A 36-year-old woman, whose face was covered by blooded, was wailing while running with her daughter and husband. Xinhua reporters sent her to a hospital.
When the armed police finally arrived and brought the riot under control, many onlookers, Hans and Uygurs alike, hurrahed.
Liu Jie is owner of a supermarket in the Houquan street, which lost more than 900,000 yuan in the riot.
In the street, five buses and four cars were burned and a driver was missing, said the lady in her 30s, who was still quivering and crying. Her hands and legs were black from dust and ashes.
"Rioters came at 7:50 p.m....altogether five groups," she said. Next door to the supermarket was a training center. Liu and more than 100 students from the center hid in the basement of the supermarket as rioters were overturning the shelves and smashing bottles.
Then someone set fire to the market, and those in the basement moved to the yard. "We were scared to death," she sobbed. But nobody dared to go out.
At about 2 a.m. Monday when they heard that police enter, they shouted "help" and were rescued.
When they came out, Liu saw many people lying in the street. "Blood was everywhere," she said.
Xinhua reporters saw in the street that wheels of two cars were still on fire as of Monday noon.
Several blocks away in the Zhongquan street, within 100 meters there were more than 20 blood stains and some bricks with blood and hair and something like skin on them.
Pointing at a big pool of blood, Ezmad Abla, vice director of the construction bureau of Tianshan district in Urumqi, said that there was so much blood that if it came from one man then maybe he was dead.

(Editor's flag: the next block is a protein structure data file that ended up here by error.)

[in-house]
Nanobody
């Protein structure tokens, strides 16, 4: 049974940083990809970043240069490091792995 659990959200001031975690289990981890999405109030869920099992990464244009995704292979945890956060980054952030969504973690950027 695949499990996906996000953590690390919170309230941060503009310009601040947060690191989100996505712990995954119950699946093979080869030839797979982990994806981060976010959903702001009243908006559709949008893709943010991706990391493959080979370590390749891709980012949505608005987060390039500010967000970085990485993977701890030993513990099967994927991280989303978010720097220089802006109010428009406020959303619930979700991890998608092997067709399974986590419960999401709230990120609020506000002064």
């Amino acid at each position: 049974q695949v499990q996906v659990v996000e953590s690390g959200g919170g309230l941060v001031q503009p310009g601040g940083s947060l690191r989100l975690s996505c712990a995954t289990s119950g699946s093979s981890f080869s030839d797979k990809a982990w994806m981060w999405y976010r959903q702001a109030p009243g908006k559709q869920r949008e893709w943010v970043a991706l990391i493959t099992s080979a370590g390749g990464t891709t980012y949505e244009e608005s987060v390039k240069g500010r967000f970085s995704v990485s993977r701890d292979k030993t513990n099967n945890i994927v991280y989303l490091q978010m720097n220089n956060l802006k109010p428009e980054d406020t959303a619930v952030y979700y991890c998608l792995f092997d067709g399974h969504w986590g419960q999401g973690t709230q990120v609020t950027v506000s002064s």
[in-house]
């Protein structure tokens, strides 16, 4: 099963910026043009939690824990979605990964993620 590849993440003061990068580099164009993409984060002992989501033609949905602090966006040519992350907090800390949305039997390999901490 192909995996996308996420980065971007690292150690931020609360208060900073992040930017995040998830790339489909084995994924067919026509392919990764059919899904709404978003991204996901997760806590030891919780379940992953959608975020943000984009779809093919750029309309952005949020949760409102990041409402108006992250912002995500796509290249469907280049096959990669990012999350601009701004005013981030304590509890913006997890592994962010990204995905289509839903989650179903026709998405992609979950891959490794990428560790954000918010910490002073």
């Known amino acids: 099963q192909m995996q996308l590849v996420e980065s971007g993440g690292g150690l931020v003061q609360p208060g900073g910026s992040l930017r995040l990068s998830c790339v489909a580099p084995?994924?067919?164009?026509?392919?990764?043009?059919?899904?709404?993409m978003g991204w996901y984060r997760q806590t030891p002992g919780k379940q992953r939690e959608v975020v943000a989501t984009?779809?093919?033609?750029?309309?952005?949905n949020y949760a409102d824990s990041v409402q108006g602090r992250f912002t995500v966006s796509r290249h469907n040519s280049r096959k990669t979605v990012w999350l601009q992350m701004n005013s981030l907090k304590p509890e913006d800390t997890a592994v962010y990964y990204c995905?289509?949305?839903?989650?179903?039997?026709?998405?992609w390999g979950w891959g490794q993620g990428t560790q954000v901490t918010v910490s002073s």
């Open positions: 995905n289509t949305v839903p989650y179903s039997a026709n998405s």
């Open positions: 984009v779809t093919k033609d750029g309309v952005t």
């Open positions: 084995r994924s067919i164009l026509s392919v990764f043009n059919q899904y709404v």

A few meters away from the blood was a burnt tree, under which a car was torched.
"The dead person could be the driver, or just a passer-by," he sighed.
An injured man is carried to an urgent care center in Urumqi, capital of northwest China's Xinjiang Uygur Autonomous Region on July 5, 2009.(Xinhua/Shen Qiao)
A blogger, who claimed to have witnessed the tragedy, posted some photos on China.com.
One of the photos seemed to be the aftermath of the riot. In the dim lamp light, dozens of people were standing, while six or seven people, or bodies, were lying in the road.
On another, a middle-aged man in a white shirt was trying to stop blood bleeding from a young man, who lay on his back on the road with blood on his neck, on his white shirt and on the ground.
STILL IN ANXIETY
Although traffic control was lifted Monday morning in parts of Urumqi and debris has been cleared from the roads, residents were still trembling in fear.
In the streets most of the shops were still closed and many chose to stay at home rather than going to work.
"We don't feel safe," said an unnamed woman with a stock company.
A Mr. Zhao in his late 30s worked late on Sunday to send the injured to hospital.
"Although the riot was over, I have unspeakable worry," he said.
His worry was partially from social order. "Is the riot really over?"
Also, he worried about how the government would deal with their losses, as his car was damaged by wooden and steel sticks yielded by rioters.
"Who will compensate us?" he asked.
URUMQI, July 6 (Xinhua) -- The death toll has risen to 140 following Sunday night's riot in Urumqi, capital of northwest China's Xinjiang Uygur Autonomous Region, the regional government said Monday. Full story
URUMQI, July 6 (Xinhua) -- Traffic control was partially lifted Monday morning in parts of Urumqi, capital of northwest China's Xinjiang Uygur Autonomous Region after a deadly riot late Sunday, but tension still exists in the city. Full story
BEIJING, July 6 (Xinhua) -- Sunday's deadly riot in the Xinjiang Uygur Autonomous Region bruised the beautiful city of Urumqi and shocked the world, barely 16 months after the nightmarish Lhasa violence that still clings to many Chinese minds. Full story